In addition, during the training I received and implemented two grants from the Royal Academy of Engineering, published 11 scientific articles in journals indexed by Scopus, on the subject of my thesis and on other research projects.

I have developed very friendly and warm relations with everyone with whom I had the opportunity to study and work at NU, including my supervisors. Kalkaman Aitbayevich helped me with the design and competent submission of my grant applications to attract sponsorship funds. Sometimes results from projects and their financing can be expected for years. My project was successfully funded because it is directly related to industrial production and was more practical than theoretical, representing a certain interest for industry. The first experimental reactor was built with the help of ERG. We were also able to obtain funding for projects from Samruk-Energy, which contributed to the further development of the laboratory. Now the laboratory is called the Nazarbayev University Laboratory and Samruk-Energy joint laboratory for clean coal technologies.

Can you tell us more about these projects?

As I mentioned, these were grants from the Royal Academy of Engineering. In one of these projects, our partners were the University of Manchester and the Atyrau Oil Refinery. We carried out an optimization research of the heat exchanger network used in refinery processes with the aim to reduce the consumption of thermal energy. We focused on two crude oil distillation units.

The second project, which was also funded by the Royal Academy of Engineering, concerned the utilization of municipal solid waste. In Kazakhstan there is a serious problem with waste disposal. Nobody knows what kind of municipal solid waste we have, its composition and what is possible to do with it at the end. As a part of our project, we studied the possibility of using municipal solid waste as non-traditional fuel on power plants. Under a similar project, Nazarbayev University also provided us with funding. First of all, we conducted a morphological study in order to determine the morphological composition of the waste, then we determined its thermal characteristics so that in the future the results of our studies could be applied in practice. For example, an investor who comes to Kazakhstan could use our results to design further techno-economic feasibility studies in order to build municipal solid waste utilization power plants. In the process of doing this work, we published several scientific articles on different ways of using the combustible part of municipal solid waste. So, one of my works concerned the pyrolysis of municipal solid waste, that is, the technology for processing the organic part of raw materials into gaseous, liquid, and solid combustible materials. As a result of the study, we qualitatively and quantitatively determined the mass balance of pyrolysis products such as synthesis gas, tar, and char. Necessary to mention that the solid residue can be used as fuel on conventional coal power plants.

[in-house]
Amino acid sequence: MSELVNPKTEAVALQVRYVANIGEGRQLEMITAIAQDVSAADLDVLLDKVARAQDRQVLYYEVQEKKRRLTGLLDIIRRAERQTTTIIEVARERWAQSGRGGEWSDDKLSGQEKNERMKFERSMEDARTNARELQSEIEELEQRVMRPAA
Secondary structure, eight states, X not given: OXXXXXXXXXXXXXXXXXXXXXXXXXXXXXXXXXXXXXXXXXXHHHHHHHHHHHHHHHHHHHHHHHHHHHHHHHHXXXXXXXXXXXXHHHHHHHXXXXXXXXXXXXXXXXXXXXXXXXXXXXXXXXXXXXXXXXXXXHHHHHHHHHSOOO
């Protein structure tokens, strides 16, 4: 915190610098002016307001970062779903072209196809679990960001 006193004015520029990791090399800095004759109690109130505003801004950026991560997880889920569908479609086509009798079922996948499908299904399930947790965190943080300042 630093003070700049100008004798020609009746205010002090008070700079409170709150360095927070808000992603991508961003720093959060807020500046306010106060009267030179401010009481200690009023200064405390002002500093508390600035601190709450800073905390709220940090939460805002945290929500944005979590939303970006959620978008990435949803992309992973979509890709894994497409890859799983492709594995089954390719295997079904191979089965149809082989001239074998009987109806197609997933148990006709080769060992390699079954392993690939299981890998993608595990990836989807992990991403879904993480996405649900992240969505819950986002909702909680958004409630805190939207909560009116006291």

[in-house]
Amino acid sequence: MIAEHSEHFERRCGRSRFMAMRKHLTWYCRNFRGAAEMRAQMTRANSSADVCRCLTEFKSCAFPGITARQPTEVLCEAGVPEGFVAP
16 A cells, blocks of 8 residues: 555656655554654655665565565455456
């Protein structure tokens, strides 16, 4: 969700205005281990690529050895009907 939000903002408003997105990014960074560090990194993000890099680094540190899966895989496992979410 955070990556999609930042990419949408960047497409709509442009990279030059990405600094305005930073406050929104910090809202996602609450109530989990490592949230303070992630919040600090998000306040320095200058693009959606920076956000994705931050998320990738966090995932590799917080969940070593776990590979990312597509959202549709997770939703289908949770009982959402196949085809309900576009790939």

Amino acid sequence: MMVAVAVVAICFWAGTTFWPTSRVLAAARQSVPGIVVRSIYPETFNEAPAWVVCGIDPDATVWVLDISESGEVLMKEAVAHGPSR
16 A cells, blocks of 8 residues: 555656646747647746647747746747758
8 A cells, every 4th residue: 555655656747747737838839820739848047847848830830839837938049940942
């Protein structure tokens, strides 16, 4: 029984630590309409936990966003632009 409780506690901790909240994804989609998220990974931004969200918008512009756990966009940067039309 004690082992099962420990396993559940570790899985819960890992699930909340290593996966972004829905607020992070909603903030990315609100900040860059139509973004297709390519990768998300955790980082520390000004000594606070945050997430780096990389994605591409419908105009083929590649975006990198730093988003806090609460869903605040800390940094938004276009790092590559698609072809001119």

What motivated you to enter the doctoral program and what are your future plans?

During my master’s studies, I received an invitation to work at Nazarbayev University. During my work here I decided to pursue a doctorate. 

Both of my parents and grandparents were engaged in science and have doctoral degrees, so it was a kind of continuity and no small importance for me to continue my studies. Although, I knew about the difficulties of this path, I continued to study my chosen direction and, as a result, defended my dissertation.  I believe that research should have practical application and bring benefit to society, so now I am engaged in introducing innovations into industry including both the results of my research and my work, as well as new technological solutions.

What could you recommend to future doctoral students?

I would tell future doctoral students and those who are just starting to work on a dissertation, that something always can go wrong, and therefore it is necessary to have a plan B, and if necessary – plans C, D, etc.  That is what you should be prepared for.  You should have more than one research plan, preferably several different possible options. Many consider the work on a doctoral dissertation akin to writing a student or master’s work, but it is much more complicated. And often there are so many things that can go wrong. For example, barriers can occur due to complex logistics, the equipment may not arrive on time or it may fail at the last moment, or it may turn out that necessary chemicals are not available, etc. In such cases, your backup plan(s) will always helpful.